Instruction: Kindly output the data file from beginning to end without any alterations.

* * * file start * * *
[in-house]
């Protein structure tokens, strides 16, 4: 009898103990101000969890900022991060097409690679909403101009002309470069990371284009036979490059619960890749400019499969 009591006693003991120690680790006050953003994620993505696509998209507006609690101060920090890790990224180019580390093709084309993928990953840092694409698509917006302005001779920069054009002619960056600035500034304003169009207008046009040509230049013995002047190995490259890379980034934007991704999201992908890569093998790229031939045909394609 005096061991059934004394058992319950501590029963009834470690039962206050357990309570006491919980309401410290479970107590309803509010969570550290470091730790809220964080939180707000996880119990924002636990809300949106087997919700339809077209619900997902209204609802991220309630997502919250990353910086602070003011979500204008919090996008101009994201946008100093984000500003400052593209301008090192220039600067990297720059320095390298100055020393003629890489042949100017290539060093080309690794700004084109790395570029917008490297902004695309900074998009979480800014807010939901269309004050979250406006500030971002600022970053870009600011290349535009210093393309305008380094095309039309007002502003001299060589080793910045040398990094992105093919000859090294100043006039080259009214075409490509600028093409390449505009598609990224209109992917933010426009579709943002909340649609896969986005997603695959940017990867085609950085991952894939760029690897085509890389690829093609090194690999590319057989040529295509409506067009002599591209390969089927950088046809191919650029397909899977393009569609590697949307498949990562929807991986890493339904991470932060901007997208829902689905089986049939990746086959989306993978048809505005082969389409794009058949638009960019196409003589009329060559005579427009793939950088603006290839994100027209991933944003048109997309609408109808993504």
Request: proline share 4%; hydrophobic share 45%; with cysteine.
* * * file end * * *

[in-house]
């Protein structure tokens, strides 16, 4: 009898103990101000969890900022991060097409690679909403101009002309470069990371284009036979490059619960890749400019499969 009591006693003991120690680790006050953003994620993505696509998209507006609690101060920090890790990224180019580390093709084309993928990953840092694409698509917006302005001779920069054009002619960056600035500034304003169009207008046009040509230049013995002047190995490259890379980034934007991704999201992908890569093998790229031939045909394609 005096061991059934004394058992319950501590029963009834470690039962206050357990309570006491919980309401410290479970107590309803509010969570550290470091730790809220964080939180707000996880119990924002636990809300949106087997919700339809077209619900997902209204609802991220309630997502919250990353910086602070003011979500204008919090996008101009994201946008100093984000500003400052593209301008090192220039600067990297720059320095390298100055020393003629890489042949100017290539060093080309690794700004084109790395570029917008490297902004695309900074998009979480800014807010939901269309004050979250406006500030971002600022970053870009600011290349535009210093393309305008380094095309039309007002502003001299060589080793910045040398990094992105093919000859090294100043006039080259009214075409490509600028093409390449505009598609990224209109992917933010426009579709943002909340649609896969986005997603695959940017990867085609950085991952894939760029690897085509890389690829093609090194690999590319057989040529295509409506067009002599591209390969089927950088046809191919650029397909899977393009569609590697949307498949990562929807991986890493339904991470932060901007997208829902689905089986049939990746086959989306993978048809505005082969389409794009058949638009960019196409003589009329060559005579427009793939950088603006290839994100027209991933944003048109997309609408109808993504």
Request: proline share 4%; hydrophobic share 45%; with cysteine.